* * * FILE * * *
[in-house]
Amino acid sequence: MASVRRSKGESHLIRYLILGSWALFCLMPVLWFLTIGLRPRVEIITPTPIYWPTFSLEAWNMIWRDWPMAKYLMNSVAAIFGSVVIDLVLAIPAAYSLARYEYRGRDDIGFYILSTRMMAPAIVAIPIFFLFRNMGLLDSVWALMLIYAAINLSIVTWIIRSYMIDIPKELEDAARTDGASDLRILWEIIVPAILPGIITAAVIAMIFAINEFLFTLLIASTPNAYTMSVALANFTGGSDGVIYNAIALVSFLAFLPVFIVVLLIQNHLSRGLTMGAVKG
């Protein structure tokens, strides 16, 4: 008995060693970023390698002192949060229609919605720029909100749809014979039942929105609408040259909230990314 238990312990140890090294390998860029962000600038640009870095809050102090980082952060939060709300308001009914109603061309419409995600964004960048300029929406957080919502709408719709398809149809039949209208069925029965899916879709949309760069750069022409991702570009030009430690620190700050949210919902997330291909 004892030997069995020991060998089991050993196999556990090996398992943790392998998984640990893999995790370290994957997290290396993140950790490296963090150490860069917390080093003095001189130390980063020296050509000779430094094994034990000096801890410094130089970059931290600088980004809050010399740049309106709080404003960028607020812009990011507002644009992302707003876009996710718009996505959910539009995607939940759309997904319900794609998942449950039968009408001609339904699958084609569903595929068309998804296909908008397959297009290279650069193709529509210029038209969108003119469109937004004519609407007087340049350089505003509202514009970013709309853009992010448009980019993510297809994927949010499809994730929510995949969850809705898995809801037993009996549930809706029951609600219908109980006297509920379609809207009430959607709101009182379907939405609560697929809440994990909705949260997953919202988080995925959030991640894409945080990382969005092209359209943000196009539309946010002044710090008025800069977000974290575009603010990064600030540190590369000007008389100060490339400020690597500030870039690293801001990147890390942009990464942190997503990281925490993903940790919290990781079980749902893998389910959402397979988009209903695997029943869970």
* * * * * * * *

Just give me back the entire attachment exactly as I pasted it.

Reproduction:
[in-house]
Amino acid sequence: MASVRRSKGESHLIRYLILGSWALFCLMPVLWFLTIGLRPRVEIITPTPIYWPTFSLEAWNMIWRDWPMAKYLMNSVAAIFGSVVIDLVLAIPAAYSLARYEYRGRDDIGFYILSTRMMAPAIVAIPIFFLFRNMGLLDSVWALMLIYAAINLSIVTWIIRSYMIDIPKELEDAARTDGASDLRILWEIIVPAILPGIITAAVIAMIFAINEFLFTLLIASTPNAYTMSVALANFTGGSDGVIYNAIALVSFLAFLPVFIVVLLIQNHLSRGLTMGAVKG
């Protein structure tokens, strides 16, 4: 008995060693970023390698002192949060229609919605720029909100749809014979039942929105609408040259909230990314 238990312990140890090294390998860029962000600038640009870095809050102090980082952060939060709300308001009914109603061309419409995600964004960048300029929406957080919502709408719709398809149809039949209208069925029965899916879709949309760069750069022409991702570009030009430690620190700050949210919902997330291909 004892030997069995020991060998089991050993196999556990090996398992943790392998998984640990893999995790370290994957997290290396993140950790490296963090150490860069917390080093003095001189130390980063020296050509000779430094094994034990000096801890410094130089970059931290600088980004809050010399740049309106709080404003960028607020812009990011507002644009992302707003876009996710718009996505959910539009995607939940759309997904319900794609998942449950039968009408001609339904699958084609569903595929068309998804296909908008397959297009290279650069193709529509210029038209969108003119469109937004004519609407007087340049350089505003509202514009970013709309853009992010448009980019993510297809994927949010499809994730929510995949969850809705898995809801037993009996549930809706029951609600219908109980006297509920379609809207009430959607709101009182379907939405609560697929809440994990909705949260997953919202988080995925959030991640894409945080990382969005092209359209943000196009539309946010002044710090008025800069977000974290575009603010990064600030540190590369000007008389100060490339400020690597500030870039690293801001990147890390942009990464942190997503990281925490993903940790919290990781079980749902893998389910959402397979988009209903695997029943869970």